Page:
To maintain its standing as an economic power, the United States must encourage programs that help students achieve the highest levels in math and science, especially in poor communities where the teacher corps is typically weak.
... a new study from a federal research center based at the Urban Institute in Washington suggests that the country might raise student performance through programs like Teach for America, a nonprofit group that places high-achieving college graduates in schools that are hard to staff.
Critics have challenged the program’s usefulness, pointing out that the teachers it places are neophytes and that a majority leave the classroom after two years. But the new study suggests that talented young people can have a lasting effect even if they do not make a career of teaching. According to the study, Teach for America participants who worked in North Carolina between 2000 and 2006 had more impact on student performance than traditional teachers did, as measured by end-of-course tests. The difference was observed in several areas of science and was strongest in math.
Two years is by anyone's estimate a minimum amount of time to learn even the basic ropes of teaching. Traditionally trained first year teachers for all the critiques of these programs do get a lot of teacher training than can prove useful. I was also an instant wonder in a special program to attract men avoiding Vietnam to elementary schools in the late 60's and was very deficient compared to the teachers who came through education programs. It took me about 2 years to make up the gap.
And Eduwonkette is right on the case today with this:
A special shoutout goes to the New York Times editorial board for making national policy recommendations based on the Urban Institute's study of Teach for America in North Carolina, which included a whopping 69 Teach for America teachers - a .5% sample of all TFA teachers placed during those years.Set policy based on 69?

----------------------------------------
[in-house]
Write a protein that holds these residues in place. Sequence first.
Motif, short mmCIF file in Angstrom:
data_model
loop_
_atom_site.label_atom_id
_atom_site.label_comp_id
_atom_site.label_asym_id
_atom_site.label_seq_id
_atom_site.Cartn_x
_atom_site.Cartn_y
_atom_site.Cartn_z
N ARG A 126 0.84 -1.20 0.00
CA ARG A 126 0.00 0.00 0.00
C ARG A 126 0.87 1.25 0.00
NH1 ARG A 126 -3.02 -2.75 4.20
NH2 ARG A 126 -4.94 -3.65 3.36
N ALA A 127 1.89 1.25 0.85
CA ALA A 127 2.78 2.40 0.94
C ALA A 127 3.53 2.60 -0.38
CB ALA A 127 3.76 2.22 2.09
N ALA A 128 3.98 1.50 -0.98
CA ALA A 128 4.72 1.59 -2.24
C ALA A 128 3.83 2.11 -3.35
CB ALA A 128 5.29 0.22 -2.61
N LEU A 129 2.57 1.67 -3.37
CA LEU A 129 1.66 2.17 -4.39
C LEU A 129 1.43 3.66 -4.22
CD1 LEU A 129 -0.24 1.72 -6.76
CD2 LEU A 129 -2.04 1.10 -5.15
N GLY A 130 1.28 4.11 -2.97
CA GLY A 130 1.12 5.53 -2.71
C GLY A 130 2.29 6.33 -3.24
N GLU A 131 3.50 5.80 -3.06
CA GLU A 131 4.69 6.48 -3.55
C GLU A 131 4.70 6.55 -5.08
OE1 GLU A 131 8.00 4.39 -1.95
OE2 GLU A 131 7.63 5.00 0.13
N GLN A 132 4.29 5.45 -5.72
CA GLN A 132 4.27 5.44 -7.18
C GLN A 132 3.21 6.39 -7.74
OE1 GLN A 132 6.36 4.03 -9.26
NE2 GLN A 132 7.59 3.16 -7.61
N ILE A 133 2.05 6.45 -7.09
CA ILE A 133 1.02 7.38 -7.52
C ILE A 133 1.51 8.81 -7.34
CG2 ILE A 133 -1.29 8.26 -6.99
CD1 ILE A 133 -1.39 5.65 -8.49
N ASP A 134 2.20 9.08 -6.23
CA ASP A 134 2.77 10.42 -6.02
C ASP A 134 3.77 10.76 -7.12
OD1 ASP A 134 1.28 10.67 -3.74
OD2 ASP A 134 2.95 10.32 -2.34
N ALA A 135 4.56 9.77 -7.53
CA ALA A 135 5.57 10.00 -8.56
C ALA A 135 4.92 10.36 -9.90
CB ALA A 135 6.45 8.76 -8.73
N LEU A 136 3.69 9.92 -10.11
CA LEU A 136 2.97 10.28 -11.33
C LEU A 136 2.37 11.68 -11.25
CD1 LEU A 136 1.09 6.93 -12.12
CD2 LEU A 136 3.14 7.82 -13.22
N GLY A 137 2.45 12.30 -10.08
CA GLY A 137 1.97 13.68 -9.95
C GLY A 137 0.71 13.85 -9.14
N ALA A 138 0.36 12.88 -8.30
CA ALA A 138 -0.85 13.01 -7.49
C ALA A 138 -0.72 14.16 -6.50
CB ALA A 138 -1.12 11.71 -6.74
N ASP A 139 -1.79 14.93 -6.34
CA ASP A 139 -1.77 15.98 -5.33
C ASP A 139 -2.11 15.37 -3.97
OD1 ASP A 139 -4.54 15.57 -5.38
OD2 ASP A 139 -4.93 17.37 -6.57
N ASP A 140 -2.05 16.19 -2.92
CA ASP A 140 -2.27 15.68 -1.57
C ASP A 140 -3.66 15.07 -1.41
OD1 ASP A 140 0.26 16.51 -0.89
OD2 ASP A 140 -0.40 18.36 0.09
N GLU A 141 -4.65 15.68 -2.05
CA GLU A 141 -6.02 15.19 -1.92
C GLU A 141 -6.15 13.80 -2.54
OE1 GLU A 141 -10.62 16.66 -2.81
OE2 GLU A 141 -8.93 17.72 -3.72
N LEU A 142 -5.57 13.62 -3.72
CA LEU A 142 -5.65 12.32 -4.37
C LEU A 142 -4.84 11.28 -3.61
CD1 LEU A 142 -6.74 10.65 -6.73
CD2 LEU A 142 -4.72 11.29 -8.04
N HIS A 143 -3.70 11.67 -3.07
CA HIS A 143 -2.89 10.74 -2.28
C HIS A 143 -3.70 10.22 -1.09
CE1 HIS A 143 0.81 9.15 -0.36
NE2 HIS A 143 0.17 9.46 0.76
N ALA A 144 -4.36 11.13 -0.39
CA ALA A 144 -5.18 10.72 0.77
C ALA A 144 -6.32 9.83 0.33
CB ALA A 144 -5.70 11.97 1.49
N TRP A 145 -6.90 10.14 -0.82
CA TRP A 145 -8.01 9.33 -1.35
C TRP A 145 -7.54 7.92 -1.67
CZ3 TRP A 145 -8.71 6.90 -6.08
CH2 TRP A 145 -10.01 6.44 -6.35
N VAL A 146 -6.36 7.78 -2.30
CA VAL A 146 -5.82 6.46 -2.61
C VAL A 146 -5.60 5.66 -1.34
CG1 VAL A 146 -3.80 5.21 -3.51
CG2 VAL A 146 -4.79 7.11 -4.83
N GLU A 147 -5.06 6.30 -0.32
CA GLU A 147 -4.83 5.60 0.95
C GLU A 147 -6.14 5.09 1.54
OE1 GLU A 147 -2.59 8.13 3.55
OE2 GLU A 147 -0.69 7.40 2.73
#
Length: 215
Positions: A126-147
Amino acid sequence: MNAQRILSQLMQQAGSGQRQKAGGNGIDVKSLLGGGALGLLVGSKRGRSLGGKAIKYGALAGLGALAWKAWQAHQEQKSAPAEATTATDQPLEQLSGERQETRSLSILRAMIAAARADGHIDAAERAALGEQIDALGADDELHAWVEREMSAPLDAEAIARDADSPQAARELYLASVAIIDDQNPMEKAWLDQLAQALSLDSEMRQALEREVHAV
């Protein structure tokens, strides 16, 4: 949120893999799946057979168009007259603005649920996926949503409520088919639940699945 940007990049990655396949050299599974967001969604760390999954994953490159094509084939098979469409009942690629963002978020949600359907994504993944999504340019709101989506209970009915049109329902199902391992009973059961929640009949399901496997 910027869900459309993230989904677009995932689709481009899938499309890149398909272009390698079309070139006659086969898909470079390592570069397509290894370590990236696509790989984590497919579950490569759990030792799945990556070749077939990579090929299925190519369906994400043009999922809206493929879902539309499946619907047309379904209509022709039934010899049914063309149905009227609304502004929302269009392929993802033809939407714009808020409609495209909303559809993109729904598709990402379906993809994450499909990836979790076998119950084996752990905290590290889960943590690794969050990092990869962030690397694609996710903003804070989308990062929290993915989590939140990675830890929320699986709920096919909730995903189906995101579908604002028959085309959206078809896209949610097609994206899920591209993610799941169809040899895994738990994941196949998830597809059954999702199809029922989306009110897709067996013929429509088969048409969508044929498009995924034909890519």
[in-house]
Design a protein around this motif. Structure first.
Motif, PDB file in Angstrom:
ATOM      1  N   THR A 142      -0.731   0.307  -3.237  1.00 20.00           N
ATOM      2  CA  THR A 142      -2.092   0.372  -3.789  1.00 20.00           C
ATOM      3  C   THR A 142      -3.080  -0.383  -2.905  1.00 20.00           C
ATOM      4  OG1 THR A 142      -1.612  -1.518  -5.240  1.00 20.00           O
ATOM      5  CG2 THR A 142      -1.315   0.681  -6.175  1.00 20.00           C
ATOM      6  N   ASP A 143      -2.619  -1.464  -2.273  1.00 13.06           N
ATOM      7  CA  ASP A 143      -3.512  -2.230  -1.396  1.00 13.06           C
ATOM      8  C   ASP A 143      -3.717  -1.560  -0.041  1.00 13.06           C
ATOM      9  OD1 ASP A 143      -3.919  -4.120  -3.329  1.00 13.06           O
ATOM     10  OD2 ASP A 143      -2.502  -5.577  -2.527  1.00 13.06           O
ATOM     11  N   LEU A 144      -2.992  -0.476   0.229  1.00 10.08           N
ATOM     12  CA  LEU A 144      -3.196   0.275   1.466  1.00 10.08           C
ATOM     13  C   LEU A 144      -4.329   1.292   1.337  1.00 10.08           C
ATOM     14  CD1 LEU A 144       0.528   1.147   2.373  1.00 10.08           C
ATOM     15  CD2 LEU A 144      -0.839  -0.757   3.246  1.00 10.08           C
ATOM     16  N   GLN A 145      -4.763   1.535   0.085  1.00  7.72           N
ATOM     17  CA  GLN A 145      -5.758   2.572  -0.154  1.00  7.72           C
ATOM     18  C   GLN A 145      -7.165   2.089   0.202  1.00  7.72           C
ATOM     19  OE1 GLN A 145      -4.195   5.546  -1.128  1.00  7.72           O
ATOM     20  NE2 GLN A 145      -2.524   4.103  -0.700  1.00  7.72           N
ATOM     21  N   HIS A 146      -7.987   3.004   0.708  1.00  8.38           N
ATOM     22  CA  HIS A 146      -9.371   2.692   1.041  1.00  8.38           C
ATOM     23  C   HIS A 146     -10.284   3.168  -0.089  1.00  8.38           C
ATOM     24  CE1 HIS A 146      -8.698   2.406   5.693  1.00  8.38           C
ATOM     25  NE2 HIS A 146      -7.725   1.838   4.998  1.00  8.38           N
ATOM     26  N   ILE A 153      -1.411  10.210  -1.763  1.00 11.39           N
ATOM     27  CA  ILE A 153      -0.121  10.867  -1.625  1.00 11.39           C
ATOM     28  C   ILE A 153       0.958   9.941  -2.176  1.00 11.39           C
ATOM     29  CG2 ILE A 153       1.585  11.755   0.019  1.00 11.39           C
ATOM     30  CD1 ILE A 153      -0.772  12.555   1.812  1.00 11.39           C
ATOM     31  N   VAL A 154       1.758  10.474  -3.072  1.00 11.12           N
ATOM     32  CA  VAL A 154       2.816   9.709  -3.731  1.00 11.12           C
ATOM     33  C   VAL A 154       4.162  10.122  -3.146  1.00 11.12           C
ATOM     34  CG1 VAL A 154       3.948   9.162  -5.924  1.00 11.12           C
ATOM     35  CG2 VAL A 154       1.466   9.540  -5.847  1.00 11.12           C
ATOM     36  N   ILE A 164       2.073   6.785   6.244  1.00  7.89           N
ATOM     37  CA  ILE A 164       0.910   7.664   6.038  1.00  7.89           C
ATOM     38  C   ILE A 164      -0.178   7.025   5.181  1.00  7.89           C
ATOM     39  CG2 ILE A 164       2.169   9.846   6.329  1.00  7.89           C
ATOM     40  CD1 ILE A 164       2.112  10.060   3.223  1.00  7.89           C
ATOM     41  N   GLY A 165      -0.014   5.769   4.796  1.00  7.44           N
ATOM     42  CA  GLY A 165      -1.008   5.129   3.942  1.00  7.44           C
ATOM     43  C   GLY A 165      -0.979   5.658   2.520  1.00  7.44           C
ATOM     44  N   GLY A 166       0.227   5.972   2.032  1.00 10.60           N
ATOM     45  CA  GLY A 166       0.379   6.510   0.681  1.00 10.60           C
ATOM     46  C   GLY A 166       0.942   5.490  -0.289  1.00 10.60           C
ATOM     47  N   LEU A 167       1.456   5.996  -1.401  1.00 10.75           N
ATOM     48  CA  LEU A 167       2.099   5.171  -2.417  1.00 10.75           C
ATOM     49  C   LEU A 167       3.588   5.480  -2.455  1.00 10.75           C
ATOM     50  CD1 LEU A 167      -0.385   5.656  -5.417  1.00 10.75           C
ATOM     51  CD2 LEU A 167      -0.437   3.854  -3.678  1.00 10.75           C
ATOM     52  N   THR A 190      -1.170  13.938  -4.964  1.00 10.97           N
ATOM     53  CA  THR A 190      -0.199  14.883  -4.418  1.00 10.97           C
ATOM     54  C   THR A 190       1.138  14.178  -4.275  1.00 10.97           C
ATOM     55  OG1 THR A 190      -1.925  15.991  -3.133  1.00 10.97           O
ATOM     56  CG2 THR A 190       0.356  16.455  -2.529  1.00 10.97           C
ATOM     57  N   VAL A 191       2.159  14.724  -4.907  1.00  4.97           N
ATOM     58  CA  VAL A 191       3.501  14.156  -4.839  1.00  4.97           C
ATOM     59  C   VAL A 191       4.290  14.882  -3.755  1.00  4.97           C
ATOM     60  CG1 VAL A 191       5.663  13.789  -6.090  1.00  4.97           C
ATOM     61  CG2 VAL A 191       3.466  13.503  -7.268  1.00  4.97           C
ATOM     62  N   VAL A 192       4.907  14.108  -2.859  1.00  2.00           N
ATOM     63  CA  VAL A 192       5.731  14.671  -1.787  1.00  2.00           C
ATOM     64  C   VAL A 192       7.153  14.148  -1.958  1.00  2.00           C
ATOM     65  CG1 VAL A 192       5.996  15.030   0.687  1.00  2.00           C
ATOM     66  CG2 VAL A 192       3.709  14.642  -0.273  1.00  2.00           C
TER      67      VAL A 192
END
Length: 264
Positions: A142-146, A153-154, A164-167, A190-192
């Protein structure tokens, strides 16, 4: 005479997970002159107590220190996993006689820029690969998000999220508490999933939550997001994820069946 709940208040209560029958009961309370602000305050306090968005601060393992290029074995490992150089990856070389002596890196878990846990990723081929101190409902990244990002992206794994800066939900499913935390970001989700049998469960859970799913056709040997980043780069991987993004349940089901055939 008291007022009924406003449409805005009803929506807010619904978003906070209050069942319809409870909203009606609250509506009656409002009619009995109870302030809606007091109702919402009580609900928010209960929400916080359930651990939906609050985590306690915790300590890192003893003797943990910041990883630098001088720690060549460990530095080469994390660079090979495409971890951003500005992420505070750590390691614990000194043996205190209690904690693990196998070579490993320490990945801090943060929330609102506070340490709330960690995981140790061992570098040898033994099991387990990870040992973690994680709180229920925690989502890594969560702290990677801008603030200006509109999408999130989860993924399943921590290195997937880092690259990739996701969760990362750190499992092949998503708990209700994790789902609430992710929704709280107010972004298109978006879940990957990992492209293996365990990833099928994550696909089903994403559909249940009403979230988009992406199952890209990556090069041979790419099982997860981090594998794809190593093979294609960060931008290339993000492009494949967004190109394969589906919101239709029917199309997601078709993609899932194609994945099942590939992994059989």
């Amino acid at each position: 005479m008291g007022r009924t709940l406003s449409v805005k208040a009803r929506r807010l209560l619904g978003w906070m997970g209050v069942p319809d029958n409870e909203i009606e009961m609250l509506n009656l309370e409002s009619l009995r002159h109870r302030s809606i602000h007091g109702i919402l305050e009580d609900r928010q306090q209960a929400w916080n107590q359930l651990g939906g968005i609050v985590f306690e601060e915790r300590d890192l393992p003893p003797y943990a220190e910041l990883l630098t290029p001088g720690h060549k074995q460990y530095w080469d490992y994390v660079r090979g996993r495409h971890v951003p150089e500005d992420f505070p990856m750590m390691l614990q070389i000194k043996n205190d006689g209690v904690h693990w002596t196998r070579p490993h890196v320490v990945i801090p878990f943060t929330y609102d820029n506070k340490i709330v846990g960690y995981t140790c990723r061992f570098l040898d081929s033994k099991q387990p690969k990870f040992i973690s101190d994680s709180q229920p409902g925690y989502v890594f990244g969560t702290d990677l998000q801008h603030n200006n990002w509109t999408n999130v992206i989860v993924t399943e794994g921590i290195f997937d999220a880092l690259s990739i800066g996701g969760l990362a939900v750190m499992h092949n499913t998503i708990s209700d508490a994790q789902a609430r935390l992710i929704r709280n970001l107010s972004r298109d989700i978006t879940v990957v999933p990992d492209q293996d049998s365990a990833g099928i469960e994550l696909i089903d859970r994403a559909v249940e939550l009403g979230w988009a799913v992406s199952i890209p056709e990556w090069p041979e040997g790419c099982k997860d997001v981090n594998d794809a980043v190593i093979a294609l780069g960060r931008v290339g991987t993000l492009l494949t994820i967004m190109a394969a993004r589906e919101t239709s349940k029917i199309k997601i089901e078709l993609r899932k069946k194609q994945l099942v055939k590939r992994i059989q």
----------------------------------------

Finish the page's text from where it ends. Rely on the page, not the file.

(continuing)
Does it remind you of the big deal TNTP's Tim Daly made of those 14 U-rated teachers who were ATR's, also debunked by wonkette.
While the instant teacher concept of TFA people who do not stay as opposed to traditionally trained teachers needs debunking, I know TFA people who do stay are many are fabulous teachers. Some even have gotten over the training they receive that older, traditional teachers are to be shunned. I resent the 2 year wonders (some numbers I've seen are that over 70% leave) who become instant experts on education. Believe me, when you to this as a career, you get insights, often from returning students and their children and even grandchildren, that make it clear the emphasis of the ed reform, union busting movement (TFA is a prime component of that strategy which is the real reason the business community so loves them) will not work until they invest in kids and schools to the same extent they do in wars and bailouts.
Eduwonkette did more extensive do not miss analysis of the study in a previous post here.
A short excerpt:
the authors presuppose that teacher turnover has no effect on the school as an organization, and that teacher quality is solely an individual attribute, rather than the joint product of individuals and organizations. (And what do we make of the tiny effects of experience? Is it possible that the most talented math and science teachers left to pursue more lucrative opportunities?)
It’s nearly impossible to build a stable school community and an ethos of sustained change in the face of regular turnover. Herein we have the classic chicken and egg problem in education: how do we create places where good teachers want to work - a key component of which is a stable professional community – if we can’t get strong teachers to stay? Programs like TFA are a fine band-aid, but they are hardly a solution.
Suggestion to NY Times: DO NOT PASS GO BUT GO RIGHT TO THIS POST AND THEN RETRACT OR MODIFY YOUR EDITORIAL OR AT LEAST PUT UP WONKETTE"S POST AS AN OP ED.